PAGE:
Go: Address concerns of student, teachers before resuming face-to-face classes
By MARIO B. CASAYURAN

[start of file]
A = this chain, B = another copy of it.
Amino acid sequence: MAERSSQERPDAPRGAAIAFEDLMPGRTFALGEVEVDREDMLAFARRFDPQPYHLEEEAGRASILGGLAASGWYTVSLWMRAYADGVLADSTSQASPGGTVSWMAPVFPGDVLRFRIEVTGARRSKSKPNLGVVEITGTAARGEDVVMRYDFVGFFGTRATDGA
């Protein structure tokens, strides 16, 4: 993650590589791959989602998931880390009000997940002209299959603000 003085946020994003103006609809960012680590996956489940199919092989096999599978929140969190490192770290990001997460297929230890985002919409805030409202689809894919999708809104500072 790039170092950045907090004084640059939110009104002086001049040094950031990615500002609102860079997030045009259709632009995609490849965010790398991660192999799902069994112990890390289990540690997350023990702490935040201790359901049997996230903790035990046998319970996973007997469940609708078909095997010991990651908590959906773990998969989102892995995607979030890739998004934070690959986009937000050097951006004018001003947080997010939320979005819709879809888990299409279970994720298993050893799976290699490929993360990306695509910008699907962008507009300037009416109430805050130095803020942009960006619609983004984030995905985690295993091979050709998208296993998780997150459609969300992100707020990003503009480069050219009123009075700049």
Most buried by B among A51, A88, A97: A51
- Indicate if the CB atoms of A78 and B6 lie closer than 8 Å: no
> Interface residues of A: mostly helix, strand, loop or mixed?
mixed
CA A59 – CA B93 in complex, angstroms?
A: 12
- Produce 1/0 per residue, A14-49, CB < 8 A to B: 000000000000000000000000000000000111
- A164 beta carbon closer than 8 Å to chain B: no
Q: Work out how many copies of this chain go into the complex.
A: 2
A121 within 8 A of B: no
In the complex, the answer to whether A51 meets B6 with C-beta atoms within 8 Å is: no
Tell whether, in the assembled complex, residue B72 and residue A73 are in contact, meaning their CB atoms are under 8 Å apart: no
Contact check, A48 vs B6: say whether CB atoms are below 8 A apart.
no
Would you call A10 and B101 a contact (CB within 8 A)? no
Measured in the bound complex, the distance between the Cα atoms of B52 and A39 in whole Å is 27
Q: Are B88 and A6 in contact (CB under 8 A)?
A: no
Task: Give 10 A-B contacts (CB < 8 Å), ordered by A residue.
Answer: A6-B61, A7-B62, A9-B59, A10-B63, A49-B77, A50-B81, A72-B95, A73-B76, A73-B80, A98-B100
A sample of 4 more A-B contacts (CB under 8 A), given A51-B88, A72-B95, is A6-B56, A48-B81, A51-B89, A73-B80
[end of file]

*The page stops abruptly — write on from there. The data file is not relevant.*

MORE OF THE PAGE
Senator Christopher Lawrence Go on Tuesday, May 4, said he believes that the health and safety of students, teachers and non-teaching personnel in schools must be carefully taken into consideration in making a decision as to when faceto-face classes must be resumed. While recognizing the challenges still being faced by particularly poor students under the blended learning set-up and arguably better instruction offered by the traditional face-to-face classes, the senator explained that the safety of everyone in school remains the primordial interest. Last year, Go also appealed to education authorities as well as those in government media outlets to utilize various approaches and tools in order to lessen the burden of specially poorer students who cannot afford to buy computer gadgets and those residing in remote places without or limited internet connectivity as online class is one of the options taken by a significant number of students under the blended learning set-up. “‘Di pa naman sigurado ‘yan opening of classes dahil for approval pa po ‘yan ng IATF (Inter-Agency Task Force on Emerging Infectious Diseases) (The opening of classes is not yet sure because this has to be approved by the IATF (Inter-Agency Task Force on Emerging Infectious Diseases),” said Go in an interview after attending the launchings of the 104th Malasakit Center at the Leyte Provincial Hospital and the 105th at the Schistosomiasis Control and Research Hospital both in Palo, Leyte. “Ako naman po, ‘wag po tayo masyadong magmadali. Bigyan natin ng konting espasyo ang ating mga guro dahil mahirap po sa panahong ito ‘pag meron pong nagpositibo na isang guro o estudyante ay mahihirapan na naman tayo sa contact tracing dahil naka-focus ngayon sa pagbabakuna (For me, let us not rush it. Let us give our teachers space because it is hard at this time if a teacher or a student gets positive, we will be having difficulties in contact tracing because we are now focused on the vaccination),” he added. Go, chairman of the Senate health and demography committee, stressed that he is not in favor of holding face-to-face classes until herd immunity is achieved through vaccination. The Department of Education (DepEd) plans to start the next school year on August 23, which will shorten the break of students to six weeks from the usual two months. DepEd also said that they are preparing an “ideal scenario” next school year where physical classes would complement remote learning in low risk areas.